Hidden Bench Gamay Noir 2021 ($30, 93 points) — Hidden Bench sources this Gamay from a Lincoln Lakeshore vineyard he contracted and planted to organic fruit in 2013 with the first vintage in 2016. It’s made in a very different, more “serious,” style than most Gamays in Niagara. It’s aged first in French oak (17% new) for nine months and an additional six months in concrete and bottled unfined and unfiltered. It shows a lighter shade of red in the glass with a nose of bright plums, violets, cranberries, other wild red berries, meaty notes and a touch of peppery spice. It’s juicy and expressive on the palate with red plums, stewed red berries, herbs, meaty/savoury notes, some chalky accents and spice with a bright, tangy finish. A Gamay you can age, say until 2028.

The Pinot Noirs

Hidden Bench Estate Pinot Noir 2022 ($38, fall release, 92 points) — “This is benchmark Niagara, entry level Pinot Noir,” Thiel says. “It smells like Pinot; it tastes like Pinot.” The nose shows savoury red berries, forest berries, anise, pretty notes of violets and savoury oak spices. It’s quite structured for a Pinot at this level with firm(ish) tannins, savoury/earthy notes, a basket of wild red berries, fennel seed, complexity, integrated spice notes and a bright, long finish. Great job here on this Pinot that can be aged to 2030.

Hidden Bench Locust Lane Vineyard Pinot Noir 2021 ($49, fall release, 93 points) — Both the Locust Lane and Felseck Pinots are made similarly with mostly French oak aging (mostly neutral oak) for 10 months and additional aging in stainless steel. It’s 100% destemmed, unfined and unfiltered. The nose starts with an intriguing intense and smoky nose of meaty red berries, anise, savoury/earthy notes, crunchy pomegranate, dried herbs and elegant spices. It’s less smoky and shows more red fruits on the palate with fine-grained tannins, layers of red cherries and wild raspberries, herbaceous notes and fine oak spice on a long, lifted finish. Can age to 2032.

Hidden Bench Felseck Vineyard 2021 Pinot Noir 2021 ($50, 93 points) — As mentioned, made similarly as the Locust Lane above. It has a beautiful nose of fresh cherries and raspberries with graphite, anise, cranberries, cassis and spice. The red berries are riper on the palate with silky tannins, anise/fennel notes and baking spices in a layered and complex style with electric acidity driving through a long, finessed finish. Can cellar to 2031.

The Bordeaux varieties

Hidden Bench Malbec 2021 ($45, 93 points) — Not a lot of Niagara wineries are making a single-variety Malbec, but Hidden Bench began bottling this wine beginning with the 2016 vintage and it has found a following. It’s sourced from all three estate vineyards and is aged in 100% French oak (18% new) for 20 months and is bottled unfiltered and unfined. It has a unique nose of blackberries, plums, black currants, blueberries, dried tobacco, leather and fine oak spices. It’s mouth-filling on the palate with the full range of ripe, dark berries, maraschino cherries and chocolate, anise/licorice, toasted vanilla spice, firm tannins that add structure, with depth and length through a vibrant, finessed finish. You can cellar until 2034, maybe beyond, to tame the tannins and let all that plump fruit shine.

Hidden Bench Terroir Caché 2020 ($49, 93 points) — The Terroir Caché is made every vintage at Hidden Bench as a Bordeaux-varietal red blend that is the little sister wine for the top La Brunante made only in vintages the estate feels makes the cut (see below). It’s a blend of all three vineyards — Rosomel, Locust Lane and Felseck Vineyards — consisting of mostly Merlot, with the rest split between Cabernet Franc and Malbec. It’s aged in 100% French oak (35% new) and the rest in older barrels for 20 months. What a treat to have two Bordeaux blends from the near perfect 2020 vintage released late for consumers. Both of these wines, says Thiel, are wines that are built to last “for the ages.” It has a big, juicy nose of myriad dark berries, compoted red berries, cassis, anise, saddle leather, plums, dried Cuban tobacco and toasted vanilla bean and spice. The pureed red berries come to front on the palate, with dark chocolate, plums, cassis, blueberry pie and anise following behind. The tannins are ripe and structured and the long, echoing finish is lifted by mouthwatering acidity. Do not touch this for five years unless you decant it first and you can cellar to 2039.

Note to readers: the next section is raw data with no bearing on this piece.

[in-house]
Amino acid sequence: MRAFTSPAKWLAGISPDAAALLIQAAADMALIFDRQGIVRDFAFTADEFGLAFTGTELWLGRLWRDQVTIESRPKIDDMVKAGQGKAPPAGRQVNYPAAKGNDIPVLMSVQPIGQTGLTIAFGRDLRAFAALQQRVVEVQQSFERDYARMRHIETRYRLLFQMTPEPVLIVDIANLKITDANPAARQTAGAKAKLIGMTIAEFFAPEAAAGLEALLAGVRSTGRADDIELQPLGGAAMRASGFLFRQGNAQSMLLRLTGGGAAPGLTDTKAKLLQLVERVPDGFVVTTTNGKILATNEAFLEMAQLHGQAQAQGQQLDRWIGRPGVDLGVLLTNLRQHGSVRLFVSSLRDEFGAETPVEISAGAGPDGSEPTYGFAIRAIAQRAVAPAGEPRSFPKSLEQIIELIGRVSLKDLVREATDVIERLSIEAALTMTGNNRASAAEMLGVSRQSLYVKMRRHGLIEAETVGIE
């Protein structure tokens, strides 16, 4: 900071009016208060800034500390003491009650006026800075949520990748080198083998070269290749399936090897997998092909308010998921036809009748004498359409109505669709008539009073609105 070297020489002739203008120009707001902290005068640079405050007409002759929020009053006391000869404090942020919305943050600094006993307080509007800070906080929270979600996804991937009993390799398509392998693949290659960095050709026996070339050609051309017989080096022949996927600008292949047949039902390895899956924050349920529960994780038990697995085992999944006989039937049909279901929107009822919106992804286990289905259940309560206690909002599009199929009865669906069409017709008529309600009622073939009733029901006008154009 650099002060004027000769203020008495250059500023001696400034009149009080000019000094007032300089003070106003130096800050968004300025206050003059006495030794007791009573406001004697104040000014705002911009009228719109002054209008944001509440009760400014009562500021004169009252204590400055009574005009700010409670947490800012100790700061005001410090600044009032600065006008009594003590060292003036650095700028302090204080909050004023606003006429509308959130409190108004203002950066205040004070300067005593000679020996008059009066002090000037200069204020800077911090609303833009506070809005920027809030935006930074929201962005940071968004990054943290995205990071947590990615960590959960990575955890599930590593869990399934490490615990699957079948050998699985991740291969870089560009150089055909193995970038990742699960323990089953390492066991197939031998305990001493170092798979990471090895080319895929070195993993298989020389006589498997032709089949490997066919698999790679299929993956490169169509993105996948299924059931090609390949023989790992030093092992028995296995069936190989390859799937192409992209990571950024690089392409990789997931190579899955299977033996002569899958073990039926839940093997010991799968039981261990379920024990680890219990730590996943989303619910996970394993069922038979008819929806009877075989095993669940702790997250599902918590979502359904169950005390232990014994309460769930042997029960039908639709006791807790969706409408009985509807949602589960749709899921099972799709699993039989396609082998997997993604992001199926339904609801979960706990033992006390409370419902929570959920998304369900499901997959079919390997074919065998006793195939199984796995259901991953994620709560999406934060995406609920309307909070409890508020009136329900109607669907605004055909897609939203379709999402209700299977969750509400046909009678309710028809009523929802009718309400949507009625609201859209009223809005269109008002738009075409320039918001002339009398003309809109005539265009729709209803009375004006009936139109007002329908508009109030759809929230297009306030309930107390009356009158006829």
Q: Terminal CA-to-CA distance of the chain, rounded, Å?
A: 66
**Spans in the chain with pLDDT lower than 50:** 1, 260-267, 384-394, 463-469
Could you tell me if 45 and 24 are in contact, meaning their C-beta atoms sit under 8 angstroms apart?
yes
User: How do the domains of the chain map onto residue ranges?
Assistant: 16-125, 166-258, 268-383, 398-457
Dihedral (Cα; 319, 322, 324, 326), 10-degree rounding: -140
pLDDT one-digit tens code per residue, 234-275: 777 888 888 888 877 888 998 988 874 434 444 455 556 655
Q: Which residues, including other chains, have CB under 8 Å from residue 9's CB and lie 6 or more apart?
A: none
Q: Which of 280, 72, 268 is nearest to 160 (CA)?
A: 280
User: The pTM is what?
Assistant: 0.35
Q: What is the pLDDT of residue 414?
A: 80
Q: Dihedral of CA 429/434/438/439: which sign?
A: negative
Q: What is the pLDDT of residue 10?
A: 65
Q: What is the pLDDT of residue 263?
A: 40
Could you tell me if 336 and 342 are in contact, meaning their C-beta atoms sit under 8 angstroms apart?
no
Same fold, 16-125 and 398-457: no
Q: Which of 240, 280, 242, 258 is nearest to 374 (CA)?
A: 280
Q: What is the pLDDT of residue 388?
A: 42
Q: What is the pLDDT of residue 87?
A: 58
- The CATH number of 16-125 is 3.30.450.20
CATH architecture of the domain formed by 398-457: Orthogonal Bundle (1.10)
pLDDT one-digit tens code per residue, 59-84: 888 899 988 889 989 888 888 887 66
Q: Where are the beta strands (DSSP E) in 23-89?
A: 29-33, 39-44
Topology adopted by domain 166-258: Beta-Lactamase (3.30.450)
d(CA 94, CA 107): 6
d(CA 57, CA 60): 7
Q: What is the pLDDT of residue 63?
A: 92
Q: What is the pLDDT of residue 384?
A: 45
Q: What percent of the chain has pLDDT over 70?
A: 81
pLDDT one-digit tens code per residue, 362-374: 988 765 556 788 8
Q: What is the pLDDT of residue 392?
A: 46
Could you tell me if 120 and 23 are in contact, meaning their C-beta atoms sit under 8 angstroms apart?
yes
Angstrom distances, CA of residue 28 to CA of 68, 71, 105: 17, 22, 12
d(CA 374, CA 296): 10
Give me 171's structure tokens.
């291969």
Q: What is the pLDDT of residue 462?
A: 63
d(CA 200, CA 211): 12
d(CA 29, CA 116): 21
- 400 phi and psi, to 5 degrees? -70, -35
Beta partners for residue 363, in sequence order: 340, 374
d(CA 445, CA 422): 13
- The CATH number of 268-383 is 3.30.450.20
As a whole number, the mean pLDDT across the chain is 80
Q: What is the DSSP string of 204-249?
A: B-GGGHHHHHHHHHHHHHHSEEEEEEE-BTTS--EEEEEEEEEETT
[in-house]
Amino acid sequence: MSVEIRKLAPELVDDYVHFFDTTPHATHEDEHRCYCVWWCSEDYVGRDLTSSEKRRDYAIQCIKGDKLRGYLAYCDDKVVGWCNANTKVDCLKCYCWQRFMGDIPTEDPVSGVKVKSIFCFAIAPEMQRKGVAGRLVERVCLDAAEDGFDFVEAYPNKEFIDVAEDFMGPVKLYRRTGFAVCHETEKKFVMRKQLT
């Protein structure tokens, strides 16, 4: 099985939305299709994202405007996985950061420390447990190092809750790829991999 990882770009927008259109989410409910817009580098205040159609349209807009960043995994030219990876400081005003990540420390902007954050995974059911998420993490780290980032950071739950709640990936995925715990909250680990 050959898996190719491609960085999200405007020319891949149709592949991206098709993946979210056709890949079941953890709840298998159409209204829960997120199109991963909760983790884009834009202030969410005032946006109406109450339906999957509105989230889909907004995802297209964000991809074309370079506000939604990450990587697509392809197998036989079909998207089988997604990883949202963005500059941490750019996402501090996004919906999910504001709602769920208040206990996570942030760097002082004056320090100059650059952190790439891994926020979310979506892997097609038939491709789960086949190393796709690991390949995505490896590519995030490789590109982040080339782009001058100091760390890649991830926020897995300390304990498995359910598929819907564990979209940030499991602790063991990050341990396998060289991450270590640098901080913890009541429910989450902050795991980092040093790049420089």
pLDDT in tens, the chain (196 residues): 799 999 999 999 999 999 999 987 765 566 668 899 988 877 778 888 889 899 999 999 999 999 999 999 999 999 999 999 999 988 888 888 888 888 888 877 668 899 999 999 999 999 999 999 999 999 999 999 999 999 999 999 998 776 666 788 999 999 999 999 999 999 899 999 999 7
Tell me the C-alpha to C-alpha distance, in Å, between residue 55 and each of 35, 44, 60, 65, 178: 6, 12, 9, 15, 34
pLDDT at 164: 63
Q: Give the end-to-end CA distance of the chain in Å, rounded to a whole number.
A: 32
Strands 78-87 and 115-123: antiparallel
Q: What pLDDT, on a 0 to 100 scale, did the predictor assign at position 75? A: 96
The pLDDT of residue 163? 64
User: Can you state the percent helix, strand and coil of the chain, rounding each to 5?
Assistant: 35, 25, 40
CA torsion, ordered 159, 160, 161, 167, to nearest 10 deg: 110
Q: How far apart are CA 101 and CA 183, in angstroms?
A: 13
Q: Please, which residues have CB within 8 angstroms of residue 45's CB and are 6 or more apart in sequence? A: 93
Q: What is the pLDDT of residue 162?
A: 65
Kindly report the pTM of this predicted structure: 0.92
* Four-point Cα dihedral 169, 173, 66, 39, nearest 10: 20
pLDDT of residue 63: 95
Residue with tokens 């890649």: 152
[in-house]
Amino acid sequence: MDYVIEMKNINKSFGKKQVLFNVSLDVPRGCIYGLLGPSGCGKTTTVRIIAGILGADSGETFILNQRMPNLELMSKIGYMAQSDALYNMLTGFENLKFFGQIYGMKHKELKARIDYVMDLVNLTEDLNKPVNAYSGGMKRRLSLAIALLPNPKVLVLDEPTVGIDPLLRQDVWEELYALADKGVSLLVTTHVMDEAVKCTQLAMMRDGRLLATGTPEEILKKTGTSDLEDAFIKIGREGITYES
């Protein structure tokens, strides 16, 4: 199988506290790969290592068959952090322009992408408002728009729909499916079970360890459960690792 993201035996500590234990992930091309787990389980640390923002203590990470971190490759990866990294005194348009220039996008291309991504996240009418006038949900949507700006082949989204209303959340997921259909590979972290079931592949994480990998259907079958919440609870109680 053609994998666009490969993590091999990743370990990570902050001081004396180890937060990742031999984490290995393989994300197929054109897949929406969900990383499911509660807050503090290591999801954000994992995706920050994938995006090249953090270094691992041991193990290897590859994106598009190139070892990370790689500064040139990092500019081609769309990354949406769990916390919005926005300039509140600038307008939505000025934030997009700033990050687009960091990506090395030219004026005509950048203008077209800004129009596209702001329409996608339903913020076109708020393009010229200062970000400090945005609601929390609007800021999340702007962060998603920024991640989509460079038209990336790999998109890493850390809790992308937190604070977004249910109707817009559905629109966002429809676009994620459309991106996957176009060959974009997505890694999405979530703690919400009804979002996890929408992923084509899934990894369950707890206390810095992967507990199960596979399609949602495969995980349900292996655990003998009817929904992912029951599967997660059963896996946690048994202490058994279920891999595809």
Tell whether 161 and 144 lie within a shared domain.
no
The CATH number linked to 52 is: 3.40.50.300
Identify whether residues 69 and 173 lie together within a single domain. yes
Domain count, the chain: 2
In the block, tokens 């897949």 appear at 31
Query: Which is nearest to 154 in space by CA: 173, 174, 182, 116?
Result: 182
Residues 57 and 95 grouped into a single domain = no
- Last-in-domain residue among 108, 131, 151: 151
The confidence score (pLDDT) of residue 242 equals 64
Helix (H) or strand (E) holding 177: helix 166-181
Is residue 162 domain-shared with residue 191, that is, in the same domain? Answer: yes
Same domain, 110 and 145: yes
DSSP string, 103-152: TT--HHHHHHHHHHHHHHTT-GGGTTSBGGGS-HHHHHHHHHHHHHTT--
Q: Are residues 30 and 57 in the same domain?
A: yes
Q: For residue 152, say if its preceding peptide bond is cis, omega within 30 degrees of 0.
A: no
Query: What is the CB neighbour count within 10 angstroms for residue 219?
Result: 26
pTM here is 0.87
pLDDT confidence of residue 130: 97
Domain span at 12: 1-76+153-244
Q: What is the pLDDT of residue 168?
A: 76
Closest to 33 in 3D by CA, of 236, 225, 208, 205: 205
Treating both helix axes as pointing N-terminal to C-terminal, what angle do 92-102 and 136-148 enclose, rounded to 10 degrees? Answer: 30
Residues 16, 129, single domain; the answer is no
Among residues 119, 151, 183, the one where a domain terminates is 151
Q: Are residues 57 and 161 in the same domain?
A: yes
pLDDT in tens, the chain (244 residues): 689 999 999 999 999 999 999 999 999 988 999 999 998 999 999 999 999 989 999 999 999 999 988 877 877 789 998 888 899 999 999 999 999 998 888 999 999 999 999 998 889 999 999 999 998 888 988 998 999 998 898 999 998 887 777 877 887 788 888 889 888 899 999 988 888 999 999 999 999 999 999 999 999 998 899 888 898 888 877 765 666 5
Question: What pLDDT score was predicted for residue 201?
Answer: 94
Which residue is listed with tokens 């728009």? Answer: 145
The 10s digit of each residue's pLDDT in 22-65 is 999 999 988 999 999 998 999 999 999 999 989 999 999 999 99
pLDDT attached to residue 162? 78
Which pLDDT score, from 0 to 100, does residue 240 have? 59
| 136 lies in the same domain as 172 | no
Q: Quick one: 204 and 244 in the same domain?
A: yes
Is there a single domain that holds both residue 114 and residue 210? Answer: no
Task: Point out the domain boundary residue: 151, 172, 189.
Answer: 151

Hidden Bench La Brunante 2020 ($90, released next year, 97 points) — This signature red blend from Hidden Bench is only produced in years when the estate believes that optimal vintage conditions have resulted in exceptional grapes. It’s a blend of 50% Merlot, 33% Malbec, and 17% Cabernet Franc with barrel aging in a combination of new and used French oak for 20 months and bottled unfiltered and unfined. After tasting this with Thiel and Baines a word comes to mind: blockbuster. It is that and more. It’s not so much that this is a “big bruiser” typical of say, Napa Valley, rather, it shows far more elegance and finesse than that, along with perfectly ripened cassis, plums, blackberries, black cherries, sun-drenched black raspberries, graphite, leather, mocha and generously sprinkled with toasty vanilla bean and baking spices. The fine-grained tannins on the palate are evident in spades, but not over-powering, allowing the concentrated red and black berries to share the spotlight with tertiary notes of anise, pencil shavings, smoky cedar, leather and toasted spices. All of that and an exceptionally long finish, bolstered by mouth-watering acidity, that seems to last for minutes on end. This is a unicorn wine that we will be still talking about 20 years from now. As I said, a blockbuster that will live happily in your cellar until 2040 and beyond. If you just can’t wait, decant overnight and serve with a big, juicy, rare hunk of beef, and save a bottle or two for down the road.